Ministers turned down five other people considered good enough to join a student body in order to appoint Toby Young, it has been revealed.
The Department of Education has admitted it was given a list of ten names to fill positions on the Office for Student board – and appointed five, including the controversial journalist.
Ministers were also given three “appointable” candidates for the role of student experience representative, but chose not to select any of them.
The revelations have added to concerns over how the board has been created, said the University and College Union, while Labour MP Kevin Brennan accused the Government of “jiggery-pokery” when it came to making appointments to the quango.
Sally Hunt, the University and College Union general secretary: “If the new Office for Students is to have any credibility it needs a robust board looking out for students’ interests.
“The furore over Toby Young’s appointment distracted from the fact that there is no real representation for staff or students on the board.
“The revelation that none of the approved student candidates made it onto the board only adds to our concerns about how senior appointments are being made.
“I would urge the new universities minister to look closely at the make-up of this board and the appointments process as an urgent priority.”
Young’s appointment to the board was severely criticised after sexual and offensive tweets from the writer were flagged up as evidence of his unsuitability for the role.
Tory MP Robert Halfon said the appointment of Young – who publicly supports the Tories - “smacks of the elite” and was the “chumocracy at work”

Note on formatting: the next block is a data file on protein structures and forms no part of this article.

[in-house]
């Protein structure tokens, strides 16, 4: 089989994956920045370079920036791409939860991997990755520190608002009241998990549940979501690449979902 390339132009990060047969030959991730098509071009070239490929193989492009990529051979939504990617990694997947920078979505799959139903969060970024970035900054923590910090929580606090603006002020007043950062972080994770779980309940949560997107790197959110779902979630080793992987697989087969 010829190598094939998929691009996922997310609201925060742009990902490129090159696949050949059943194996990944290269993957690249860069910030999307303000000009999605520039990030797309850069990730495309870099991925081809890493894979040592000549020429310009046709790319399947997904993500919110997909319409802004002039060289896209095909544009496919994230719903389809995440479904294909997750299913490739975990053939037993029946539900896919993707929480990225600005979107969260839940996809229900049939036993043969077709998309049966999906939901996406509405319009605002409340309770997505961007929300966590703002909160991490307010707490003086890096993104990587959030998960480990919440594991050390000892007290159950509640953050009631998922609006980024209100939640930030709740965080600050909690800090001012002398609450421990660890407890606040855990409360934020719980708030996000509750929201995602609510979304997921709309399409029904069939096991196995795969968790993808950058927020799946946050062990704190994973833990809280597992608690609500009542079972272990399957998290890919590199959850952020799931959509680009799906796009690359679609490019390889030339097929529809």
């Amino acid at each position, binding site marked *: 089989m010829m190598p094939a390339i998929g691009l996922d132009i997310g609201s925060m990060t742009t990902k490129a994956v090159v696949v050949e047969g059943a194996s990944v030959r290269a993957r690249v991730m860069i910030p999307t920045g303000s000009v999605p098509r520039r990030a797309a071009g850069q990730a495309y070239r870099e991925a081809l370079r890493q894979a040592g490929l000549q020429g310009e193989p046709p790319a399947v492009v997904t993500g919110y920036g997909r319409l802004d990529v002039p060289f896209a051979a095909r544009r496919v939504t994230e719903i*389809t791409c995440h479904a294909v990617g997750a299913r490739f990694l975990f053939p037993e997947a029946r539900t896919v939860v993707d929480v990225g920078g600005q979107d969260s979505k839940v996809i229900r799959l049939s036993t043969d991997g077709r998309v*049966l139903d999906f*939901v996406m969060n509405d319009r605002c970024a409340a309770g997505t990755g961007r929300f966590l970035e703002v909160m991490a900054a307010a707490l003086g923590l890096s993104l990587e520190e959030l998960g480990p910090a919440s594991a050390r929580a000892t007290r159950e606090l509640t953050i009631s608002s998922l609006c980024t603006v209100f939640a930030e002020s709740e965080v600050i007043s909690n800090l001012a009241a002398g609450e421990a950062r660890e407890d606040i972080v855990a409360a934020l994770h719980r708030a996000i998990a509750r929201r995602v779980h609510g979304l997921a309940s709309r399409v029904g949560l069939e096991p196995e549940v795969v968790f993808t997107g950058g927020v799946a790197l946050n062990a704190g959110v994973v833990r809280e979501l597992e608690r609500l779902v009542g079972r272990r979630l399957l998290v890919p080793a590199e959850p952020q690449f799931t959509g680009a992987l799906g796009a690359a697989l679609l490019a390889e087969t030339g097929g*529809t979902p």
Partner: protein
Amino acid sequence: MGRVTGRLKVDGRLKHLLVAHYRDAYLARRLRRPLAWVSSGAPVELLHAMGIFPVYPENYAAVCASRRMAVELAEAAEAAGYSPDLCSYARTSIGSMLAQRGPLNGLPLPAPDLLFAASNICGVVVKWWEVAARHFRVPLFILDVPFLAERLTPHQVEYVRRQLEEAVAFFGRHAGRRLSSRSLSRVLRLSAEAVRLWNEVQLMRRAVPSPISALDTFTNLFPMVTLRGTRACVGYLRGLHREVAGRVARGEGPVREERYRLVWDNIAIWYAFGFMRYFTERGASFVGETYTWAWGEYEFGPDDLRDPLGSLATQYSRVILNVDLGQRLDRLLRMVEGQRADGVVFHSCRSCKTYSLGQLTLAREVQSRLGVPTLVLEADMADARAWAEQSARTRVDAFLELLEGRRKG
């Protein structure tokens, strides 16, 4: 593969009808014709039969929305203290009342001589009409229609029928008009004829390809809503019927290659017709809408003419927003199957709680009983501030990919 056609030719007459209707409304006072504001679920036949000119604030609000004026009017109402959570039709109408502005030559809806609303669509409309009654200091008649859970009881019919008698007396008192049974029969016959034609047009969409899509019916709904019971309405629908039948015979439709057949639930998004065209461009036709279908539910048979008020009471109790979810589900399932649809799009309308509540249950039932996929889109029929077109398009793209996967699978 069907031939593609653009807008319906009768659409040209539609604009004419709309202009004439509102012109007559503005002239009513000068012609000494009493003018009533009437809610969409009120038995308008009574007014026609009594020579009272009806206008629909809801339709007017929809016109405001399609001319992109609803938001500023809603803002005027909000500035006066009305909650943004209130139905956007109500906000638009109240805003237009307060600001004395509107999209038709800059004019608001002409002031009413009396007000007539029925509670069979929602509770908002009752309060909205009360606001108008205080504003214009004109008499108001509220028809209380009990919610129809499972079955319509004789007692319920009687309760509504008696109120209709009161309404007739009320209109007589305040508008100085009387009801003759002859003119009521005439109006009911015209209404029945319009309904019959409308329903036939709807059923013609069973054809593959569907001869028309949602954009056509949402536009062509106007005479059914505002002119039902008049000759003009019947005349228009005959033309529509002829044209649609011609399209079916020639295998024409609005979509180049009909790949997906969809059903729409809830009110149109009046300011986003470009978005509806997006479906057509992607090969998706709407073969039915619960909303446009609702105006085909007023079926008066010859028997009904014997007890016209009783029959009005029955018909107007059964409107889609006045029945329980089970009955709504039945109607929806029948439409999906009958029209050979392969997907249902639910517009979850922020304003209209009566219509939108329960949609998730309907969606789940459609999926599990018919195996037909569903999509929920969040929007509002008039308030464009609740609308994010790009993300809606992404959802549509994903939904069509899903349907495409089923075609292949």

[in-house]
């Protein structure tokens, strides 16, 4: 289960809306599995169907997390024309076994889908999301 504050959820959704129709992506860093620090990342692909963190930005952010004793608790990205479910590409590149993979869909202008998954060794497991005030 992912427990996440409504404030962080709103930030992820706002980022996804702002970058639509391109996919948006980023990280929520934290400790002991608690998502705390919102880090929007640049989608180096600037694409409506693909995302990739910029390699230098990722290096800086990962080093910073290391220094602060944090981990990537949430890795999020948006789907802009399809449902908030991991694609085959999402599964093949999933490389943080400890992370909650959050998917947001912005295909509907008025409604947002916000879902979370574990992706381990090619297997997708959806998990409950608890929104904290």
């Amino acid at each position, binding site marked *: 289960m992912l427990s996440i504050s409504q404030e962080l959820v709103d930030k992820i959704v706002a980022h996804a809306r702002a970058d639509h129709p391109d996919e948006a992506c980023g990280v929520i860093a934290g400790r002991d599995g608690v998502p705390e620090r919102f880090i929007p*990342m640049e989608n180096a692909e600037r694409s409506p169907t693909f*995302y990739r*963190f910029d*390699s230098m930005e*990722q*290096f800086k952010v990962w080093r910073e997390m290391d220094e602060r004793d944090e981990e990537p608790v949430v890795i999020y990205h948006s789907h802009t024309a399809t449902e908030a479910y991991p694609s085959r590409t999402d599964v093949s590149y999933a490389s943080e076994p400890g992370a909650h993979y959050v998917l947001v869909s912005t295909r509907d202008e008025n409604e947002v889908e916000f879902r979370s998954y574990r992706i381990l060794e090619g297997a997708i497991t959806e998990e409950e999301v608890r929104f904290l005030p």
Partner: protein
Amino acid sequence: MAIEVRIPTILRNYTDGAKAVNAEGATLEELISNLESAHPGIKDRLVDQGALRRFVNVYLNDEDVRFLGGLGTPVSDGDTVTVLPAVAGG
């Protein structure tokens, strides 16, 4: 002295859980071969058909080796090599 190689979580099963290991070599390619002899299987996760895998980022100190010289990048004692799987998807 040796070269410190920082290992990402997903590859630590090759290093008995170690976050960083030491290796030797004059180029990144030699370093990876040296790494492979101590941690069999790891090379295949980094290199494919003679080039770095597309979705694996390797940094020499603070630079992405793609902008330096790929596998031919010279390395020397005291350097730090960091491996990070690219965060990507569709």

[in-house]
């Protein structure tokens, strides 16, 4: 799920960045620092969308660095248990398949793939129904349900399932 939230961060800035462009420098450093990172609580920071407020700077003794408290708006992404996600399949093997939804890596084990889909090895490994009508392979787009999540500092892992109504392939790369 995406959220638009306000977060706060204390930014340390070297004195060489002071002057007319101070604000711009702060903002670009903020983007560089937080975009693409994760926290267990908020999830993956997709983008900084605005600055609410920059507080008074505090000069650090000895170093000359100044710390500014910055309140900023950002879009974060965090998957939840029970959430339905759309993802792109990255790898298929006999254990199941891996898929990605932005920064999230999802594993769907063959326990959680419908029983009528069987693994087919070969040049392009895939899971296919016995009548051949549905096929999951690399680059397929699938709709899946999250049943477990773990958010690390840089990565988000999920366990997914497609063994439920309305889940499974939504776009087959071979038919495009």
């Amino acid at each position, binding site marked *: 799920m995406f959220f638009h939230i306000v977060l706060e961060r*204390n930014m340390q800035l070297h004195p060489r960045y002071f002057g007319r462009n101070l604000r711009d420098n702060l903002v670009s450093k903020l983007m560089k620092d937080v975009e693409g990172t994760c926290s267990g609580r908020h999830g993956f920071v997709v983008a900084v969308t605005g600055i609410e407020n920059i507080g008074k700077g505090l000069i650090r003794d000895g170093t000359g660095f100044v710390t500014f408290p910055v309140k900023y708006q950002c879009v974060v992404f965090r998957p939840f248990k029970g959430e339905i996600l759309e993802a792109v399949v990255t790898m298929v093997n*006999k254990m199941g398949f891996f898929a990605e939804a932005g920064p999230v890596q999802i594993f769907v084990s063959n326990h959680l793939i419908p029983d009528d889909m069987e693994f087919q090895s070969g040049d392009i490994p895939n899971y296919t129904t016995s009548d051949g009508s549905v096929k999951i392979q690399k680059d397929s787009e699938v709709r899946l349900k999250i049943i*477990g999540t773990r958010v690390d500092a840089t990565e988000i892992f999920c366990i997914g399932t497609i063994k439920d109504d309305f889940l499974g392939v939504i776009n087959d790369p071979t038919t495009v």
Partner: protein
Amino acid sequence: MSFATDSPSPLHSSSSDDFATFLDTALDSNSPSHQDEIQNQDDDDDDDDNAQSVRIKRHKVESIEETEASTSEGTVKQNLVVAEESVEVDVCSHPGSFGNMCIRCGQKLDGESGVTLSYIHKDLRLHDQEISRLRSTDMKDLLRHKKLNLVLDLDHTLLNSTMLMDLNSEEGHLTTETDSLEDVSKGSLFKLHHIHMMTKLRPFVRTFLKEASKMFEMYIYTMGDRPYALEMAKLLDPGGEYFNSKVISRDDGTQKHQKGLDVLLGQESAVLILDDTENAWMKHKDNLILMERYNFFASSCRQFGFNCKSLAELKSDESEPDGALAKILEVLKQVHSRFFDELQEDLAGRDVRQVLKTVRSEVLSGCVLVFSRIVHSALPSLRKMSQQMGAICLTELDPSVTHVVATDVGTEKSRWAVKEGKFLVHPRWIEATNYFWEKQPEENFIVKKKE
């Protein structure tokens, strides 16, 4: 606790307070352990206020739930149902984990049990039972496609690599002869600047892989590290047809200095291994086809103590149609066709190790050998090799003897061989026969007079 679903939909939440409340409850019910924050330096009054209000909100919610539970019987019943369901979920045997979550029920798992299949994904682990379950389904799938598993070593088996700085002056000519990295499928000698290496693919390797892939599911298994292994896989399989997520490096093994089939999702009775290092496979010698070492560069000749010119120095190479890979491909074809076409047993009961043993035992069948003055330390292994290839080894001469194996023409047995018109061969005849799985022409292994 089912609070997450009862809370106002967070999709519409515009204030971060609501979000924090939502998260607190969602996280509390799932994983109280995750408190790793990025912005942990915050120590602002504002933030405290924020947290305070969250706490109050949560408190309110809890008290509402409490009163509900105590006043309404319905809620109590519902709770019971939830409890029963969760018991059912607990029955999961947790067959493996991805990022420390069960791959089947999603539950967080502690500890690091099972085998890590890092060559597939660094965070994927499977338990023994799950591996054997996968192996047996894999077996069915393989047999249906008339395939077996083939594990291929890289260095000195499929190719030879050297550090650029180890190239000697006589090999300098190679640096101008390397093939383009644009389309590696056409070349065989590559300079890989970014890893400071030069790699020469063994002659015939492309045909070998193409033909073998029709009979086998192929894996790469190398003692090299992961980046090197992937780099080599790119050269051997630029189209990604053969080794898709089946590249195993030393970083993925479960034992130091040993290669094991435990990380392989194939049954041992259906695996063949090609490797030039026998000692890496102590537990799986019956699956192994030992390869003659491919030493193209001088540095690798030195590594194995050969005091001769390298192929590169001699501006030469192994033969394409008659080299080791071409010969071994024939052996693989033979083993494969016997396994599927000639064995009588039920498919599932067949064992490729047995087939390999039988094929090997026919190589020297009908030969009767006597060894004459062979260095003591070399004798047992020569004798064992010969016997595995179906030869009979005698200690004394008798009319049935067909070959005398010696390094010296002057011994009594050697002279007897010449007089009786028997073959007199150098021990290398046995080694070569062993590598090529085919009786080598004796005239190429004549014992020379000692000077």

Despite receiving the backing of Theresa May to continue on the board, Young stood down last week claiming his appointment was a “distraction”.
In the Commons on January 8 – the day before Young quit – then-Universities Minister Jo Johnson dodged a question from Labour’s Kevin Brennan of how many people were overlooked so Young could be appointed.
But after following up his inquiry with a written question to the Government, newly appointed Universities Minister Sam Gyimah revealed ministers did have alternatives to Young available.
He said 221 people applied to the “non-executive board member” postions, with 133 applications for the student experience representative.
After the interview stage, ten candidates were deemed appointable for the non-executive board member positions, and three for the student experience board member position.
Gyimah said: “Ministers chose to appoint five candidates from the ten non-executive campaign and therefore five candidates were not appointed.
“For the student experience campaign, ministers chose not to appoint any of the three appointable candidates.
“Ministers then chose to make an interim appointment of one of the successful candidates appointed to the OfS Student Panel onto the OfS Board and will re-run a campaign for a permanent student representative on the OfS Board later in the year.”
Speaking to HuffPost UK, Brennan said: “Not only did they appoint somebody which any due diligence would have shown was unsuitable for this position, they did not appoint anyone who was suitable for the student position.
“What’s that all about then? Didn’t they like the look of them?
“There’s clearly been an unusual amount of ministerial jiggery-pokery.”